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Applying the Research: Teaching Students with ASD to Use Scripts Effectively

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If you have been reading, you know I have been talking about the new evidence-based practice report from the National Professional Development Center.  You can read about the outcome of the report HERE, the criteria for being considered an evidence-based practice HERE, and about exercise as an EBP HERE.  I talked about modeling and the research behind it.  You can read that HERE.  And I have talked about scripts, the research and considerations HERE and HERE.  Today I want to talk about the steps to teach scripts, since it involves a good deal of teaching beyond just creating the script.

Essentially there are 7 steps in teaching a student to use scripts.

 

1.  Assess the situation to determine the most appropriate script type

Does he or she need a written or audio script?  If he is a reader and is fluent, then a written script should work.  If he is not a Knowing you need to use scripts for individuals with autism but don't know how? This post provides the 7 steps you need to do with examples to help you use them effectively in your classroom.fluent reader, then an audio script on a speech generating device might be a better choice.  I’ll talk more next time about the types of scripts.  Whatever the form of the script, you also have to determine if it meets the needs of the environment.  If he is doing a vocational task and his hands are full, then holding a script in his hand is going to be complicated so we may want to post it on the wall where it is needed.  If he is hanging out with his friends in high school, we might want to opt for a more “cool” form of a text script that can be read on a tablet instead of a cue card.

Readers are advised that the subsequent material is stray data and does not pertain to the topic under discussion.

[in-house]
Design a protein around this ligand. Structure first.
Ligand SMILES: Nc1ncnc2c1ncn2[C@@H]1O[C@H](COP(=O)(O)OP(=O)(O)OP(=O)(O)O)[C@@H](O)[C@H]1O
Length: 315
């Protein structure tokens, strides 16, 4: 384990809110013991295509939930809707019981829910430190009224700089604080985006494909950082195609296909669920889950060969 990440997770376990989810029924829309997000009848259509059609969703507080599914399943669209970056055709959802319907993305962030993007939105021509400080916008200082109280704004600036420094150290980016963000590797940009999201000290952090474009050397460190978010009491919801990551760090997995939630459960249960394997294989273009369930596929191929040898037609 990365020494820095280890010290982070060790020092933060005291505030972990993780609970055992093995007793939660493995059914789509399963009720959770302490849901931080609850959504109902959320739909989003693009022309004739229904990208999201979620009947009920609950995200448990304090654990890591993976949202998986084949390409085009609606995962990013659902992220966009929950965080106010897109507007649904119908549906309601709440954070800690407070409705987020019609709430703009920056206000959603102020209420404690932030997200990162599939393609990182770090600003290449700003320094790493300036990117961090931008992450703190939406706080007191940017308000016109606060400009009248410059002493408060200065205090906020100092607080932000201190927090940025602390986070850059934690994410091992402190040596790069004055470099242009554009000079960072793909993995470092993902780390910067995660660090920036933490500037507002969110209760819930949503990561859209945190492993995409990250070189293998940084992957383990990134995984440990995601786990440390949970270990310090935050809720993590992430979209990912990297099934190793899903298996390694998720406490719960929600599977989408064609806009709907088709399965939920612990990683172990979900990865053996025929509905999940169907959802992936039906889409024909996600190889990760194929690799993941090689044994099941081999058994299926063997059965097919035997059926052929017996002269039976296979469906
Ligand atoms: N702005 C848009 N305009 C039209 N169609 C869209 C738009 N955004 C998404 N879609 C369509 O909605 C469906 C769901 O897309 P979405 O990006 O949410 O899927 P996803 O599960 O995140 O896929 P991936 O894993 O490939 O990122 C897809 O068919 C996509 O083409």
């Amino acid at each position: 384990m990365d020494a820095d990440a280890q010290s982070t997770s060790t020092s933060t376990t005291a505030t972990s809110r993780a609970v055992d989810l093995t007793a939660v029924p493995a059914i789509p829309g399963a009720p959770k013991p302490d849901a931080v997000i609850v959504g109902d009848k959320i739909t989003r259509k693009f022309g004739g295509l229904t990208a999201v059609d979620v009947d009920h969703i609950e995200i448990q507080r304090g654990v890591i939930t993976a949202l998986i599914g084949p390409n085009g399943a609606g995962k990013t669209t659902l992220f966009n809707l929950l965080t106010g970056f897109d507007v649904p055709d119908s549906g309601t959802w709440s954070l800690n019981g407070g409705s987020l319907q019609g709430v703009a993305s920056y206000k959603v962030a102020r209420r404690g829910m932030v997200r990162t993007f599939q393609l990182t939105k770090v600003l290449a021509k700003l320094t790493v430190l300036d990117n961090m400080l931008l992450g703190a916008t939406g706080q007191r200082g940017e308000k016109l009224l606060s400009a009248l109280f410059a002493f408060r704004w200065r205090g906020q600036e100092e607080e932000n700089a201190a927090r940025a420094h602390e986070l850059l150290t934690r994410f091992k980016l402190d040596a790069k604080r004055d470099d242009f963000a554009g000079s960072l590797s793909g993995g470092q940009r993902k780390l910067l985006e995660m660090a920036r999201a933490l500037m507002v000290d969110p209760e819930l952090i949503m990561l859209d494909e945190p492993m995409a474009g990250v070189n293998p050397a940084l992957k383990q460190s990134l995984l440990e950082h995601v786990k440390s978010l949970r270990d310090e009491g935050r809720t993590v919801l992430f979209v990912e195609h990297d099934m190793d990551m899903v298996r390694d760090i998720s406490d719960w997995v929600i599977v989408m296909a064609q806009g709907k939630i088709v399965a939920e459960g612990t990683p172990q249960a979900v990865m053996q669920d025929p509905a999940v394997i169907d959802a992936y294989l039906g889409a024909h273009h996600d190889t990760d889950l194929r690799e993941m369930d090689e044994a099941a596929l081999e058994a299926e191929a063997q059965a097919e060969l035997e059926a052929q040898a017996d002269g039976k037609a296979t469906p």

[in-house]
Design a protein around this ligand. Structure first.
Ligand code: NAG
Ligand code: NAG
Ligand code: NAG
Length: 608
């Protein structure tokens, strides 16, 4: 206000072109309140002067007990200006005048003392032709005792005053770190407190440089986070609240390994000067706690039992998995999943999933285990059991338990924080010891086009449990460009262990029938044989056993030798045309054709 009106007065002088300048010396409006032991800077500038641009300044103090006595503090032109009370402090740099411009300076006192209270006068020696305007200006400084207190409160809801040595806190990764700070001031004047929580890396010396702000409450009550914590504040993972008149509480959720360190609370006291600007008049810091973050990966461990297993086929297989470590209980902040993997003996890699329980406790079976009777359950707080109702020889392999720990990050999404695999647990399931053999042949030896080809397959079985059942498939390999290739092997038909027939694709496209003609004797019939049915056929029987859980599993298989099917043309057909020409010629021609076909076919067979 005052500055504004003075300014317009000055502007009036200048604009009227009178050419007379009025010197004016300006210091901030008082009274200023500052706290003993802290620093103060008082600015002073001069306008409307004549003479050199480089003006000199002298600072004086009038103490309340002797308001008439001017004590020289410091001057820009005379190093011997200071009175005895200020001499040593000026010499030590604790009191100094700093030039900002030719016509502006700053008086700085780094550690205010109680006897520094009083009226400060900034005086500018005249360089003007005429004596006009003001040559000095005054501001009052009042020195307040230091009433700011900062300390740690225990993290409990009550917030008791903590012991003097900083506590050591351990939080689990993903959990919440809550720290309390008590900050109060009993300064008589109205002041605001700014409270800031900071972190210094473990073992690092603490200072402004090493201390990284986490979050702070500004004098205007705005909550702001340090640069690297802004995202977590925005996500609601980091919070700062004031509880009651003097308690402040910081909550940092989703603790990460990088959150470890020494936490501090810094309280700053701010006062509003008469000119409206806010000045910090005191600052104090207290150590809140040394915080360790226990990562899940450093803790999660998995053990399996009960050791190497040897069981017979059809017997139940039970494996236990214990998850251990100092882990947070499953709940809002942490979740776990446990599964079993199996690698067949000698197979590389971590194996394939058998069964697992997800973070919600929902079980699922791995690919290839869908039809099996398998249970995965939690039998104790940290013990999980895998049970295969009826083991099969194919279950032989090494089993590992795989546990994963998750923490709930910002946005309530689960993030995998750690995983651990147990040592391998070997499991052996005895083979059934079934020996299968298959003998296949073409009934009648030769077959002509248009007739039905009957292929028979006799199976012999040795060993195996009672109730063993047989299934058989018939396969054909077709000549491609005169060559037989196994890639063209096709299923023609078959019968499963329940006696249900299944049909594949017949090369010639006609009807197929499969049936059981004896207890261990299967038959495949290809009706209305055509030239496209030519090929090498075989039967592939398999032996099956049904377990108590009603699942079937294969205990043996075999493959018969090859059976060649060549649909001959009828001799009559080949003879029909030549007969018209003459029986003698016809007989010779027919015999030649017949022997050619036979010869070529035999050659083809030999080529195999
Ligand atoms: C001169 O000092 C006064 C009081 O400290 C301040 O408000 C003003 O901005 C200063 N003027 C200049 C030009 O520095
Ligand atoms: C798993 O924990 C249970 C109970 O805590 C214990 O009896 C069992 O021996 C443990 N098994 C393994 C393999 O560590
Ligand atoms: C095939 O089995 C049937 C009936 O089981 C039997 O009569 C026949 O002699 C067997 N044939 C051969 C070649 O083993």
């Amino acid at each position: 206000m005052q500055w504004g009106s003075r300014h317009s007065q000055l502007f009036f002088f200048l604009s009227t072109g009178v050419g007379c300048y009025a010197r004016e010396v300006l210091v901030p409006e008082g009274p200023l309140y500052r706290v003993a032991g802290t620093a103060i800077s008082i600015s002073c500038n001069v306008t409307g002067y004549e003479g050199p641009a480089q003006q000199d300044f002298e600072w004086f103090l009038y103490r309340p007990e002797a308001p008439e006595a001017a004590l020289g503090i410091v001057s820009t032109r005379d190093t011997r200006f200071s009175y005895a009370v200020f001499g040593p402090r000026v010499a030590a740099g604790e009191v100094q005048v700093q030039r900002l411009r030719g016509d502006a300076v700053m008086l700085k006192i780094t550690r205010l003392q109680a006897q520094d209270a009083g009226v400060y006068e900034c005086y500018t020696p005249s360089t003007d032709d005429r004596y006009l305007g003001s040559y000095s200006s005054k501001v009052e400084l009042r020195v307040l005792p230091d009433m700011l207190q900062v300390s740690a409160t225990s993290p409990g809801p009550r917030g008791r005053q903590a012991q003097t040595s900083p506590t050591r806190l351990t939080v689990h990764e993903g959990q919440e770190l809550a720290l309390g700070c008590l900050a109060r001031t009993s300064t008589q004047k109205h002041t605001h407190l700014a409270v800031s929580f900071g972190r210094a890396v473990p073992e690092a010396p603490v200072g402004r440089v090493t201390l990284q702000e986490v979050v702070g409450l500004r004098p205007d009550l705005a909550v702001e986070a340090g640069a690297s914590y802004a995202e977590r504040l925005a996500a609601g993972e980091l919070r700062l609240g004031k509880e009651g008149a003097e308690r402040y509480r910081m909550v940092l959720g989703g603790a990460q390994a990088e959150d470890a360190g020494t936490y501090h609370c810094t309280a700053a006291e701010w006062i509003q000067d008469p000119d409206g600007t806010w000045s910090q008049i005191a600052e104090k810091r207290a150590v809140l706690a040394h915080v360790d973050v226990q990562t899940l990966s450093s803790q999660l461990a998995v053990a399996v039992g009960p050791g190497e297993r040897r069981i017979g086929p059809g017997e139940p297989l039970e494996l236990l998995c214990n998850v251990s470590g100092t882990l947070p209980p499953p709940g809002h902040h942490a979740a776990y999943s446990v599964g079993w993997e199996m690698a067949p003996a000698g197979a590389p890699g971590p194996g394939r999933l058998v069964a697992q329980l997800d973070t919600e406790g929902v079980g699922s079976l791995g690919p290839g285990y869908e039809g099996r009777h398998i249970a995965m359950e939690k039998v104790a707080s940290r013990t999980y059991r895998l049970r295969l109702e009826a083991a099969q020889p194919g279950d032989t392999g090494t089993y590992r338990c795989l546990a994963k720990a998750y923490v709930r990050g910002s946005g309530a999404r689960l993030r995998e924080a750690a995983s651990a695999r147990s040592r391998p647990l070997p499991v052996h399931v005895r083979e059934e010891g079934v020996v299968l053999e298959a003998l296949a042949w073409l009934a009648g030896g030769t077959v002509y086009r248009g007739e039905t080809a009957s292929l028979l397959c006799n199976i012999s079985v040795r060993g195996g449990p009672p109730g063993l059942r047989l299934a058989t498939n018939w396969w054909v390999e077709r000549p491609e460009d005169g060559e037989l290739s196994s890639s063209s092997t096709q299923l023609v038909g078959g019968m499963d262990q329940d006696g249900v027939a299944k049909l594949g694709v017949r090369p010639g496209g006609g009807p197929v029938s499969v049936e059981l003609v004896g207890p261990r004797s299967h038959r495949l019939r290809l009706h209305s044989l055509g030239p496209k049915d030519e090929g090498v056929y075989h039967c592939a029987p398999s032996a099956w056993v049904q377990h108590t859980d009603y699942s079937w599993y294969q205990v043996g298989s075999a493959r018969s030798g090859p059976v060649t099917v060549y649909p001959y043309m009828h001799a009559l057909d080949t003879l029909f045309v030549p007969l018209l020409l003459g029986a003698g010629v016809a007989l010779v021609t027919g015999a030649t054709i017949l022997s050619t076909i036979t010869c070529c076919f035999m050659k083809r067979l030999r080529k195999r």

2.  Determine the appropriate content

Remember that often scripts are used in a, well, scripted manner, meaning that students just repeat what is written.  This means that the content we put in the script is exactly what is going to be said.  Sometimes instead of a full script we might use a partial script the student fills in or a choice of scripts that the student can use to comment on something.  We also want to make sure that the script fits the situation, has all the required sections of the conversation, and is written in a tone and with language that makes sense for the situation.  For instance, the way that a kid would talk to the cashier at the grocery store will probably sound more formal than the way he would talk to his friends.  Consequently, script for talking to his friends may greet the other person by saying, “Hey, Dude!” but this is probably not how the cashier at the grocery store would expect to be greeted.

3.  Introduce the script to the student and review

You can’t just give the student a script and expect him to be able to use it. Review it with him or her by reading through it and it may even get some editing based on how that first read through goes.

4.  Practice the script with “confederates” like staff or designated peer setting up the environment